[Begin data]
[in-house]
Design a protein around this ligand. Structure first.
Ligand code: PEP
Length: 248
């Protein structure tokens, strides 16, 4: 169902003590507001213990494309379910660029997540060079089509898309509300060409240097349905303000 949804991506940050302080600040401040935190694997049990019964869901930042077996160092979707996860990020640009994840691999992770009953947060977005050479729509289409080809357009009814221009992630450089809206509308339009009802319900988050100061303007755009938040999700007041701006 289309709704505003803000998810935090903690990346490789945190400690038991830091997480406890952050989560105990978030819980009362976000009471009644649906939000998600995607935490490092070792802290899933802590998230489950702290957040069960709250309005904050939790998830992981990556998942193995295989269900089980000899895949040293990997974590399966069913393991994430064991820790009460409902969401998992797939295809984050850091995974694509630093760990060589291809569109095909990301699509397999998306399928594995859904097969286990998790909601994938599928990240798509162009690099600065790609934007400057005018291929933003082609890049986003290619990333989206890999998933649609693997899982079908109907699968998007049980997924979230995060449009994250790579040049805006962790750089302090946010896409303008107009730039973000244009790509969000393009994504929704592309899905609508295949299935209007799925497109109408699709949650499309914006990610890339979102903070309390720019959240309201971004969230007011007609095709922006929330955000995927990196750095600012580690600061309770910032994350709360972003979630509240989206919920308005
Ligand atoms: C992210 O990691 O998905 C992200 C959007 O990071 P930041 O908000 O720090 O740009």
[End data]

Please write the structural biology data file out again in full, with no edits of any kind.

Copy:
[in-house]
Design a protein around this ligand. Structure first.
Ligand code: PEP
Length: 248
């Protein structure tokens, strides 16, 4: 169902003590507001213990494309379910660029997540060079089509898309509300060409240097349905303000 949804991506940050302080600040401040935190694997049990019964869901930042077996160092979707996860990020640009994840691999992770009953947060977005050479729509289409080809357009009814221009992630450089809206509308339009009802319900988050100061303007755009938040999700007041701006 289309709704505003803000998810935090903690990346490789945190400690038991830091997480406890952050989560105990978030819980009362976000009471009644649906939000998600995607935490490092070792802290899933802590998230489950702290957040069960709250309005904050939790998830992981990556998942193995295989269900089980000899895949040293990997974590399966069913393991994430064991820790009460409902969401998992797939295809984050850091995974694509630093760990060589291809569109095909990301699509397999998306399928594995859904097969286990998790909601994938599928990240798509162009690099600065790609934007400057005018291929933003082609890049986003290619990333989206890999998933649609693997899982079908109907699968998007049980997924979230995060449009994250790579040049805006962790750089302090946010896409303008107009730039973000244009790509969000393009994504929704592309899905609508295949299935209007799925497109109408699709949650499309914006990610890339979102903070309390720019959240309201971004969230007011007609095709922006929330955000995927990196750095600012580690600061309770910032994350709360972003979630509240989206919920308005
Ligand atoms: C992210 O990691 O998905 C992200 C959007 O990071 P930041 O908000 O720090 O740009």